There is an internal struggle that all readers feel at some point in their lives; the desire to see a book they love made into a movie and the fear someone might actually do it.
I once hugged and apologized to my hardcover of The Count of Monte Cristo after watching its movie adaptation. How does this happen? Did they not read the book? Why would they do this?
A book and a movie are different kinds of media that don’t always convert well. Sacrifices made are because of running time, budget, or enjoyment in watching it. There is no way to make everyone happy.
John Green explained it best when discussing casting choices for The Fault in Our Stars, “Movie adaptations are not, and should not attempt to be, visualizations of a novel. They are movies. They need different kinds of structure, and different metaphors and different ways of expressing thoughts and ideas because you’re moving from text to the visible/audible world.”
Readers need to have a different set of expectations when going to see an adaptation of a book they have read. At some point, a friend or family member is going to ask you how it was. They will most likely have not read the book and will want your opinion.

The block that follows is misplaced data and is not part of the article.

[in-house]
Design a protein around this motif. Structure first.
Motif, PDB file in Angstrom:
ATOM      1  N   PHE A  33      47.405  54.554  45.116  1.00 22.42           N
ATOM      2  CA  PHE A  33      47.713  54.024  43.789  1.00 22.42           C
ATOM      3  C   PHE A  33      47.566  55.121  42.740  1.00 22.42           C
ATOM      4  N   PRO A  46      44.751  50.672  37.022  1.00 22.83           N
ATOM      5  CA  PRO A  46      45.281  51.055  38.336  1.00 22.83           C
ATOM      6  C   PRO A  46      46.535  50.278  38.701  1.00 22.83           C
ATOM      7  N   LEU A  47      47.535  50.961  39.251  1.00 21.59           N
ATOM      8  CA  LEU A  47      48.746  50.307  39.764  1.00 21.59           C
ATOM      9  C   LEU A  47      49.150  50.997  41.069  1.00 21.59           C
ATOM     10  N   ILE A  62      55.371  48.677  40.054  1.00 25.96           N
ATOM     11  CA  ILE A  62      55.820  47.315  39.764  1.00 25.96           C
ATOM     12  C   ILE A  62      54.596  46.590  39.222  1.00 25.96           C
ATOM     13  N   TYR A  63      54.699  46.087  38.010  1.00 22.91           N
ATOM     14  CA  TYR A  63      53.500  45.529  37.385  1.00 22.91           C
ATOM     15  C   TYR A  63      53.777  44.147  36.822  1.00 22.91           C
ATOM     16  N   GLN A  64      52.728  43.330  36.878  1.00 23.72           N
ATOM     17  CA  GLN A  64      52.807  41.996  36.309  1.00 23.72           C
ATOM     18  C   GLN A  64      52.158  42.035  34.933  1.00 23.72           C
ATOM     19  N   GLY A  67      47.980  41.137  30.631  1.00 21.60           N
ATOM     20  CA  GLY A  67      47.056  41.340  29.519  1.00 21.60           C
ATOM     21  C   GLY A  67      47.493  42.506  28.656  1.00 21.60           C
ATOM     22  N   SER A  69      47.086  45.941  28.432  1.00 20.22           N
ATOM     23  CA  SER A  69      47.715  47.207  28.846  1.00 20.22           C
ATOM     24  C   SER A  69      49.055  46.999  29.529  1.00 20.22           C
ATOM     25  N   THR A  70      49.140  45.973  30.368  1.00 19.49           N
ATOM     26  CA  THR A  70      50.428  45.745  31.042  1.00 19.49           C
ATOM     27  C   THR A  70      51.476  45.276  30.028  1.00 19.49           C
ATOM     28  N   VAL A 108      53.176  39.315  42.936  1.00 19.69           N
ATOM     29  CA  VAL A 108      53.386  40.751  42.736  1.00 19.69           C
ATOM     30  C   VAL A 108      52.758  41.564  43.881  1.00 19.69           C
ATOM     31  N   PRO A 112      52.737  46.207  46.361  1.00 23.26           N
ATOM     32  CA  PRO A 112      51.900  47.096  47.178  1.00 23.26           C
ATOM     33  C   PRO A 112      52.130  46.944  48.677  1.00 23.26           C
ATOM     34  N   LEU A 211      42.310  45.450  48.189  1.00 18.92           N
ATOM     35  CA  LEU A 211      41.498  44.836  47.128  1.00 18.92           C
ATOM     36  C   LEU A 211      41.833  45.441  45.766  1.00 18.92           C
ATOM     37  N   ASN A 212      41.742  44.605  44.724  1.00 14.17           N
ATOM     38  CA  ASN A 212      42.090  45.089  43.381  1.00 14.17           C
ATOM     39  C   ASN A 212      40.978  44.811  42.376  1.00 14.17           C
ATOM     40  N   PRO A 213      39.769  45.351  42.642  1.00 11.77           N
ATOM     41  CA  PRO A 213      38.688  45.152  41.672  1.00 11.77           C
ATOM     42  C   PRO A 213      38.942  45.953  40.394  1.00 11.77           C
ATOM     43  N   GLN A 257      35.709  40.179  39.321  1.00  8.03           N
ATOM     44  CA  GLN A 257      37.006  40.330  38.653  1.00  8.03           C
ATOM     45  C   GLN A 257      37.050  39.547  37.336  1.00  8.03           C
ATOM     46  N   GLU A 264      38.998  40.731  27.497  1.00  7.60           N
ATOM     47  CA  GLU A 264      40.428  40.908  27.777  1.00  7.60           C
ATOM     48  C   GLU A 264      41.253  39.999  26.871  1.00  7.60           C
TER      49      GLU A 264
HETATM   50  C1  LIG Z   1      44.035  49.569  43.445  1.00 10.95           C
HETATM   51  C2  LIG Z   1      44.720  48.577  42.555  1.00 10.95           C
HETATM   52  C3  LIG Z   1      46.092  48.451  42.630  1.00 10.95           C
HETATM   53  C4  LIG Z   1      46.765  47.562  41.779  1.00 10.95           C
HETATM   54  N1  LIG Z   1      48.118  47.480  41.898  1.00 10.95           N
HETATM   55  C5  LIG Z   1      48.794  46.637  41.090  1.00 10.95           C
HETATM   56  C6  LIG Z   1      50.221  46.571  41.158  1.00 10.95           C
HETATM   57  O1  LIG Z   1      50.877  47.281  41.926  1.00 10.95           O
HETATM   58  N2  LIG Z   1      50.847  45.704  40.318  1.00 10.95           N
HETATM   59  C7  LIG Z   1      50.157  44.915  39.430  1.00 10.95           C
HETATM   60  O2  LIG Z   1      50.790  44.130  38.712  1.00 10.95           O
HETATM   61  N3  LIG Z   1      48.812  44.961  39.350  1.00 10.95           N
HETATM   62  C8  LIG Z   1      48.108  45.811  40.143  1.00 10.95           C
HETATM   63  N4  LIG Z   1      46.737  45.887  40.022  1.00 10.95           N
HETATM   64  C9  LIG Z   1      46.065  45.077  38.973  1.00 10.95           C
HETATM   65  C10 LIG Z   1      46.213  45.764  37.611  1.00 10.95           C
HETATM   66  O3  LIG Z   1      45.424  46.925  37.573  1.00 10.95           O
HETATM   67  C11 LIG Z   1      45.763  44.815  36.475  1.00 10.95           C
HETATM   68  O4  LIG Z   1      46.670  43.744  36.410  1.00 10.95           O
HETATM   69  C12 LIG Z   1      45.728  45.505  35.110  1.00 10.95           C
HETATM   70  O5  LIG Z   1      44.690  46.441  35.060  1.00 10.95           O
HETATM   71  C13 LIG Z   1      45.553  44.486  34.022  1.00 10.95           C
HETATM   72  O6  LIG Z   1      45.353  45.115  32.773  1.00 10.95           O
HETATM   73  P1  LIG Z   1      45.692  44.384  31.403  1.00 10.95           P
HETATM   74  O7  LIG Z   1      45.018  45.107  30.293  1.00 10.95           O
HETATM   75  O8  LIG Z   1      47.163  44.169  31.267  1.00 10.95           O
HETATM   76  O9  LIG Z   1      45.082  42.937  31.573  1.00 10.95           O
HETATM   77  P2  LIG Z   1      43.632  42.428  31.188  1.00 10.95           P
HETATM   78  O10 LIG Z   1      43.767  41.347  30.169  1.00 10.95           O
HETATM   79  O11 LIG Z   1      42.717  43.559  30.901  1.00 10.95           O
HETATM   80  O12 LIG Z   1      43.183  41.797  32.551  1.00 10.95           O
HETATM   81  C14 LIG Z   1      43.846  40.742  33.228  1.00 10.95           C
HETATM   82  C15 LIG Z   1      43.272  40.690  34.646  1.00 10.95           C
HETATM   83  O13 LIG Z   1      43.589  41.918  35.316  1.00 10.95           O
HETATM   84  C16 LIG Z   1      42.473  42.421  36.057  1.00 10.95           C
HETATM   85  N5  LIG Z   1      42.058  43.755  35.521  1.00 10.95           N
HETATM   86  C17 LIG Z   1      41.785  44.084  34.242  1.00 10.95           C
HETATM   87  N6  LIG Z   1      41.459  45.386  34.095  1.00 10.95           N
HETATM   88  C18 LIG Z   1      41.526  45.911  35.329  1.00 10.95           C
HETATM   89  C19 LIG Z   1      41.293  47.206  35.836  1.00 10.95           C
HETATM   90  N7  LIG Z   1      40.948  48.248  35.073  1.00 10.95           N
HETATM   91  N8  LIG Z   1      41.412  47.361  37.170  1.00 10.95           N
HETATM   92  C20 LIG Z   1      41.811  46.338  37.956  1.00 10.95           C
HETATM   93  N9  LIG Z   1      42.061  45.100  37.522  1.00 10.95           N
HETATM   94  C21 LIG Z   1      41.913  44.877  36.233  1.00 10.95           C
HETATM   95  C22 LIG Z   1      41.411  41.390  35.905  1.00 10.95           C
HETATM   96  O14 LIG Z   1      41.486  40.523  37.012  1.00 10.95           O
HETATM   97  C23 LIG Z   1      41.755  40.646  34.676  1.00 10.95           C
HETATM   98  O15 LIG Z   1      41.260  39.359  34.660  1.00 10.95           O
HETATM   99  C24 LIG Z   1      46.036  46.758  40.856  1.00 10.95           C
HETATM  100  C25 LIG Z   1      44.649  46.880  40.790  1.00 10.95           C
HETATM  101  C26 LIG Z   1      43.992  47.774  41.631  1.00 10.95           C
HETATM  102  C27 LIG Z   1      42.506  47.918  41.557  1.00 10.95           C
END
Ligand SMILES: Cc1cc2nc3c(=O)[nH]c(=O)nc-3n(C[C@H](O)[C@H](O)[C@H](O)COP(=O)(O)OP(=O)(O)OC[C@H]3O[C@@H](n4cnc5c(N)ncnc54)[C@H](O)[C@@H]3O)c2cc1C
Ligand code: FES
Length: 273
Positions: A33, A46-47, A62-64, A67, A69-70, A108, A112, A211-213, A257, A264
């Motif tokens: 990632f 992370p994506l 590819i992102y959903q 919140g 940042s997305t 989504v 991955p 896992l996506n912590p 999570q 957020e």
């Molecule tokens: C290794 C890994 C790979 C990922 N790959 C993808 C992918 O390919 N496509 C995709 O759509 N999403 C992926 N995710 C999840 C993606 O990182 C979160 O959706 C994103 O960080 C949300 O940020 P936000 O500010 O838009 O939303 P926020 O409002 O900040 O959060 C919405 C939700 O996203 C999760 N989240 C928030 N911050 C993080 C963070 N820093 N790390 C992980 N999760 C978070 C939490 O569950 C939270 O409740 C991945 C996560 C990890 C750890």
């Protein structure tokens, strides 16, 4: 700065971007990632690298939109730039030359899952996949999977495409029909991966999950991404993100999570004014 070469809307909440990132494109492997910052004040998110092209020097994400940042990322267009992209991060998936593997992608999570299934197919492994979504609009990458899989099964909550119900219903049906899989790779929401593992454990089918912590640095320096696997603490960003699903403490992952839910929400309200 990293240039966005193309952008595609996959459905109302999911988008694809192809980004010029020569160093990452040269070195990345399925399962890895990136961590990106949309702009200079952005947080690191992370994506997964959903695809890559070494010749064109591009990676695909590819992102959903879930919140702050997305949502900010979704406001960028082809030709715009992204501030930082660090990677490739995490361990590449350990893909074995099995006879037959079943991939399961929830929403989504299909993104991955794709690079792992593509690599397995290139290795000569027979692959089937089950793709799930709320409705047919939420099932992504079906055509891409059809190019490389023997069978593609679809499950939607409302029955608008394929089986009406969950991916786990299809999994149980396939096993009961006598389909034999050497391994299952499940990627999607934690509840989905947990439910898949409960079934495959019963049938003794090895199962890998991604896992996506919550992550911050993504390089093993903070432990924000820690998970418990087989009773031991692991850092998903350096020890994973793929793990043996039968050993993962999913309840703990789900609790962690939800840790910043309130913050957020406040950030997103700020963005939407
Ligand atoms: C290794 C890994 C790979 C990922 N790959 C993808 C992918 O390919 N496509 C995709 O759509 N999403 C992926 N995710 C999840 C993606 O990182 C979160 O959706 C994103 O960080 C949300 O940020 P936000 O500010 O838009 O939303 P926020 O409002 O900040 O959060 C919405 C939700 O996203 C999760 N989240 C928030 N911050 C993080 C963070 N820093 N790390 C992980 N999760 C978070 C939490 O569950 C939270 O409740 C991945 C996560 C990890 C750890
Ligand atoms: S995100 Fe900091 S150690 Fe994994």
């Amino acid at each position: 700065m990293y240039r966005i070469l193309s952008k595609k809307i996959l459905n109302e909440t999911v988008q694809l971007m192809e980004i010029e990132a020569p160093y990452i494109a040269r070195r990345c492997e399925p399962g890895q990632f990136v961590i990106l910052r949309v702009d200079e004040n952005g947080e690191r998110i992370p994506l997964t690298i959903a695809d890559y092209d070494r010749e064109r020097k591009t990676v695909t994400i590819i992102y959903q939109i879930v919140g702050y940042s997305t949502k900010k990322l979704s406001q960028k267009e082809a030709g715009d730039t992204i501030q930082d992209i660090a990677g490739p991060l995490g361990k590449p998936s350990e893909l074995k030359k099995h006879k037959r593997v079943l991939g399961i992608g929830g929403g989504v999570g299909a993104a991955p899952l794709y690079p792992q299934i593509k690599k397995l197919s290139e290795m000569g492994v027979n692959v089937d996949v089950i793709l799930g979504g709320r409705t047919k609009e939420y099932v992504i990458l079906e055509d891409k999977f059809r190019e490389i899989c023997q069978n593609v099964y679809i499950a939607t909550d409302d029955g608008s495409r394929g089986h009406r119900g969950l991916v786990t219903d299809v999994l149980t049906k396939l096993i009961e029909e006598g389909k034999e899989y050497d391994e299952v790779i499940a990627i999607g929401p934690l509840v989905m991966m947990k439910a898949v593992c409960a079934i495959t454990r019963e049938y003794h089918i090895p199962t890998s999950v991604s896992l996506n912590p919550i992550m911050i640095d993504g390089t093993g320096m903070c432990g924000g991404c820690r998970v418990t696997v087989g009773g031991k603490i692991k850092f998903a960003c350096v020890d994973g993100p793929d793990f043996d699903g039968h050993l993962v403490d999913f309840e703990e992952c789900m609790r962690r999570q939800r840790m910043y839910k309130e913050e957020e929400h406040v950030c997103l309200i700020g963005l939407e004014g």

I came up with a guide/scale to rate adaptions that I use when making comparisons. Here it is as an infographic:
My examples are all personal choices. There is a lot written about adaptations and it is more art than science when ranking these movies. It all goes back to what you value from the book and how it was translated to the screen.
Once again John Green explains, “The physical appearance of a character in a novel is not to me the most interesting or important facet of that character. So if you have a guy like Nat, who understands Isaac profoundly and has the ability to bring him to life but does not have blond hair, do you cast him over someone who will “look like” Isaac on a movie poster but not in fact be able to embody who Isaac is? I think not.”
Do you agree with the guide? Are there any good movies that were bad adaptions?